While this is important for in-person coalition meetings, it is even more critical when you are trying to engage coalitions virtually. As a coalition leader, you are responsible for modeling and encouraging positive energy. When you demonstrate enthusiasm and high-levels of energy, it is contagious (in the best way possible) 🙂 You are able to bring out the best in others, help the coalition consider challenges as opportunities and create a forum for high levels of community engagement. Demonstrating energy and enthusiasm helps your coalition members become excited about working together and can help them continue to work together even when things may become difficult.
As a coalition leader, you never know what may be happening in the lives of your coalition members. They may be feeling completely overwhelmed, may have just found out about a promotion or they may have just been told their budget was cut again. They may have lost their job, been furloughed or have a new boss who does not understand or support their work. They may be struggling with many personal challenges as well – caregiving, parenting, health issues or difficult family or friend relationships. One of the most important coalition leadership skills is to show empathy and compassion when your coalition members are struggling to give their best and engage in the coalition. Empathy is not about fixing someone or telling someone that you understand what they are experiencing. Empathy is listening, caring and supporting others. Empathy is being willing to sit with someone during very difficult situations without having any “words” to say. Empathy is believing the best in others. Empathy is not having an agenda for someone else but a willingness to walk beside them and really learn what is most important to them. When you show empathy for your coalition members, you will build trust, strengthen the relationship and will support engagement in the coalition. Even if they cannot actively participate for a time, if you show empathy, when they can be involved again, they will be!
One of the most important things you do in coalition work is conduct meetings. When you are able to conduct effective meetings, your coalition members will want to attend those meetings and are more likely to actively participate in the meeting and engage in the follow-up. Effective meetings don’t just “happen.” It takes thoughtful consideration, preparation and follow-up in order to conduct effective meetings. You need to have a clear purpose for why you are meeting and what you want to accomplish during the meeting. You need to know which coalition members to invite to the meetings, when you want to meet, what type of meeting would be best in order to accomplish your purpose, plan logistics for the meeting and facilitate the meeting well. Once the meeting is over, you need a clear plan for follow-up, action items and people responsible. If you conduct effective meetings, your coalition members will trust that your meeting is a good use of time and it will be much easier to engage them in your collective work.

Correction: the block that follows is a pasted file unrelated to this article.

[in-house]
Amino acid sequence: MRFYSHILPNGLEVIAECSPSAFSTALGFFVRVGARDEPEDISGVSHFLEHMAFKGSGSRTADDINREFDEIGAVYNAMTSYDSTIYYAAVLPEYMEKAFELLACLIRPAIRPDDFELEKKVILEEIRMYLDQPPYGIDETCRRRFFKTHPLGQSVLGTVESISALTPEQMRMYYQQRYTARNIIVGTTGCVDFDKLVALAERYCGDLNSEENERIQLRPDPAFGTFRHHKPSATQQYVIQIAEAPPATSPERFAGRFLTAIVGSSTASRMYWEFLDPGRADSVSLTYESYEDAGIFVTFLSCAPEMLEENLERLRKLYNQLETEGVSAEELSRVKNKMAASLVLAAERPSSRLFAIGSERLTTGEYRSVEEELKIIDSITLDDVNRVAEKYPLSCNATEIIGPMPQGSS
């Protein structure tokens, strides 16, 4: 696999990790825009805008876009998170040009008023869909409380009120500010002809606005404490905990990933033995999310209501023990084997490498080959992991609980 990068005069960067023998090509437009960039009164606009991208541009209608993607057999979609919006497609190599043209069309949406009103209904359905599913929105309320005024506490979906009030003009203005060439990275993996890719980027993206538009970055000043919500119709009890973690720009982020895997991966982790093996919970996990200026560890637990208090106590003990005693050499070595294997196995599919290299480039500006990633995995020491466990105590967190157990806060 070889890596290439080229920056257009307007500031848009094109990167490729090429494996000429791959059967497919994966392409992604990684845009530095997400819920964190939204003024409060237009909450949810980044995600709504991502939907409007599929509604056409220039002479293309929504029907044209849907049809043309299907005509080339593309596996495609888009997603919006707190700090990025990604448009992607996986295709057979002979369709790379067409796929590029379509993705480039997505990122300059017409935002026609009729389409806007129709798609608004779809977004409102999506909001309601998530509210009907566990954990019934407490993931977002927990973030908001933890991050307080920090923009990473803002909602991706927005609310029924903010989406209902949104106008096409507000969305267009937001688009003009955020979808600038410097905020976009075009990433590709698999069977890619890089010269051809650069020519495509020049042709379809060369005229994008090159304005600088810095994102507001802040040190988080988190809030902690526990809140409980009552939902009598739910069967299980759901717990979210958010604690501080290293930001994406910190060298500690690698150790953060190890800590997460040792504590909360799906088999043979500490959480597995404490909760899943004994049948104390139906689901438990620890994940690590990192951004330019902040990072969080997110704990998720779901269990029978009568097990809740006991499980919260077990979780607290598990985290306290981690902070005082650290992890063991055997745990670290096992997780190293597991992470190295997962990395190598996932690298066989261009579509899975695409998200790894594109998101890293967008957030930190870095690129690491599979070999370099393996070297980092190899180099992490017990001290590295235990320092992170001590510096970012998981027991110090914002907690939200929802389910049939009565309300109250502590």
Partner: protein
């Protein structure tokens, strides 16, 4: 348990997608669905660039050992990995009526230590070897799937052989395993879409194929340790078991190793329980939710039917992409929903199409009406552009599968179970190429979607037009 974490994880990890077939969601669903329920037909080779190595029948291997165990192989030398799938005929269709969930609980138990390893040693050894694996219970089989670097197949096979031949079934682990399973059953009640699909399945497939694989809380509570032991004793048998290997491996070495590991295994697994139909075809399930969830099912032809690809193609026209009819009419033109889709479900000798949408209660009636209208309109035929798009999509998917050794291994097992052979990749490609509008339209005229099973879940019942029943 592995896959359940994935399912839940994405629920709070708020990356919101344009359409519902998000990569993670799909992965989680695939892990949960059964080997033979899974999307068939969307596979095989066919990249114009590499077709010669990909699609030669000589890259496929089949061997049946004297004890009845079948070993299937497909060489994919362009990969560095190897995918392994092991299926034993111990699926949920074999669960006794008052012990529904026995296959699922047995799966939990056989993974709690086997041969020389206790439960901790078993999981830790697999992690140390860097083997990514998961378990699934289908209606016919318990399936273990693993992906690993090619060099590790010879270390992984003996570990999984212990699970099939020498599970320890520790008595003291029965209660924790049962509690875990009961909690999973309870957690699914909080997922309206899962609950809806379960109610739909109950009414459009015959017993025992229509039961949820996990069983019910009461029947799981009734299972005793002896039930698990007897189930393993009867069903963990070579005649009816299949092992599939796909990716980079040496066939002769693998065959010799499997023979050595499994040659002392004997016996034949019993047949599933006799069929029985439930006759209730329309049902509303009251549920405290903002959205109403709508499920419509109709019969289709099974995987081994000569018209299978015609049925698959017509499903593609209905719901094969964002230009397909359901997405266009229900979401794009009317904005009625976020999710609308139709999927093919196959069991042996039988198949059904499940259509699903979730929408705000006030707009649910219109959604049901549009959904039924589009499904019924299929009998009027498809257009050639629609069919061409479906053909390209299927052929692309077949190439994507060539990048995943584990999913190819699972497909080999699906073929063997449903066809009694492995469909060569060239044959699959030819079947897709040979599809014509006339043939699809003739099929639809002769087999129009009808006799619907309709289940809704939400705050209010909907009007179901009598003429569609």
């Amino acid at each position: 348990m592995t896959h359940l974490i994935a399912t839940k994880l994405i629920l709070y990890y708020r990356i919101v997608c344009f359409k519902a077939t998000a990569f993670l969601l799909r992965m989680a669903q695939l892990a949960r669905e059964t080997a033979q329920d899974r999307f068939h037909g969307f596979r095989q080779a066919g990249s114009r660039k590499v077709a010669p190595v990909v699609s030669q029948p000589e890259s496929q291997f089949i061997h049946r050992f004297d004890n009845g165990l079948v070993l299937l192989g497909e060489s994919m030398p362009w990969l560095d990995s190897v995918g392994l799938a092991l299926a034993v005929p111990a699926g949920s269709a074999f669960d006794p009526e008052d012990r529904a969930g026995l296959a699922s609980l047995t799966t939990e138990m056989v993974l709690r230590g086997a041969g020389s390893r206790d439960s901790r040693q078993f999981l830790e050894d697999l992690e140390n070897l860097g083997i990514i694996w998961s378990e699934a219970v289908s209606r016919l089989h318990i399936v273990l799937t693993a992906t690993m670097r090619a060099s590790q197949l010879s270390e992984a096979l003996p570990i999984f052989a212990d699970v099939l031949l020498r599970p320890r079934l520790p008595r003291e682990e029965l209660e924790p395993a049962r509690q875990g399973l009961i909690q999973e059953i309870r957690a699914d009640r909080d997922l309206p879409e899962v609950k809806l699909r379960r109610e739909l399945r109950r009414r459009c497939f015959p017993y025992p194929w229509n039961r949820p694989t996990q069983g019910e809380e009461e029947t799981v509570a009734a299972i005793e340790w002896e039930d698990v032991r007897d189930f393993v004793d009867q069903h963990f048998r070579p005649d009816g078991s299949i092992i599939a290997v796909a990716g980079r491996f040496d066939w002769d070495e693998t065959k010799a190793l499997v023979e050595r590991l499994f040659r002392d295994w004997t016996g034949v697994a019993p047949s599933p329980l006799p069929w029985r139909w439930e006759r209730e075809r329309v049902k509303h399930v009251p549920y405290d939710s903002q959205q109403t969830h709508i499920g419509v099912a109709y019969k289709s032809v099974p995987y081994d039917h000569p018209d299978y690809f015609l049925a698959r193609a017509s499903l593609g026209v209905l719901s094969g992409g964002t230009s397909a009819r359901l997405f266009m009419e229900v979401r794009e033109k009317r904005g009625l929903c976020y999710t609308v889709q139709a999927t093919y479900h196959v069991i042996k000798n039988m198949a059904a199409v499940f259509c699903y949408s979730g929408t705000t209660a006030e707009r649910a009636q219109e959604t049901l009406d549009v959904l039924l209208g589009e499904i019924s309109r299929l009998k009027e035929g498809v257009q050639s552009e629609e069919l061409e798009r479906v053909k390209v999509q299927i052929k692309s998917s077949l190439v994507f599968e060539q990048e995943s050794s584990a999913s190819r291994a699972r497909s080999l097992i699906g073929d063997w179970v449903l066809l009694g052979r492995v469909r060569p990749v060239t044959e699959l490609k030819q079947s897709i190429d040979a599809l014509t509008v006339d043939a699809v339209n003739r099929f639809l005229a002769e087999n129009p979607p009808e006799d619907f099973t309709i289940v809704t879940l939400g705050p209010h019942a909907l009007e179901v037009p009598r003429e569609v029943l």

When you are leading a coalition, you may feel like you are always talking about what you are doing and can sometimes start to think that everyone else knows what you are doing too. 🙂 Even though our coalition members can be easily overwhelmed by emails, if there is infrequent and only occasional communication with only a few coalition members, the overall coalition will lose interest and engagement. Also, you also want to communicate as clearly as possible. Keep your emails as short as possible and use bullet points, pictures and tables. Be strategic about your meetings – from frequency to length to content so that you are clear and consistent.
One of the most effective ways to engage your coalition members is to connect what is most important and beneficial to the coalition members as well as the coalition. Once again, Stephen Covey has created an important leadership principle that can apply to coalition engagement, Think Win-WinⓇ. In order to really understand what is a “win” for your coalition, apply #1 (Be clear about your purpose) and for a “win” for your coalition members, apply #3 (Know your members interests and capacities) and #4 (Clarify meaningful roles and responsibilities). When you combine these leadership concepts, you will practice thinking “win-win” which results in active engagement in your coalition. The work benefits the purpose of the coalition as well as the individual members.
As you reflect on these skills, prioritize one to three areas you would like to work on as a coalition. Download my newest free resource where I provide additional guidance on how to develop these skills that will help you keep your coalition engaged.
So what about you? Which of these skills have you found particularly successful in engaging your coalition members?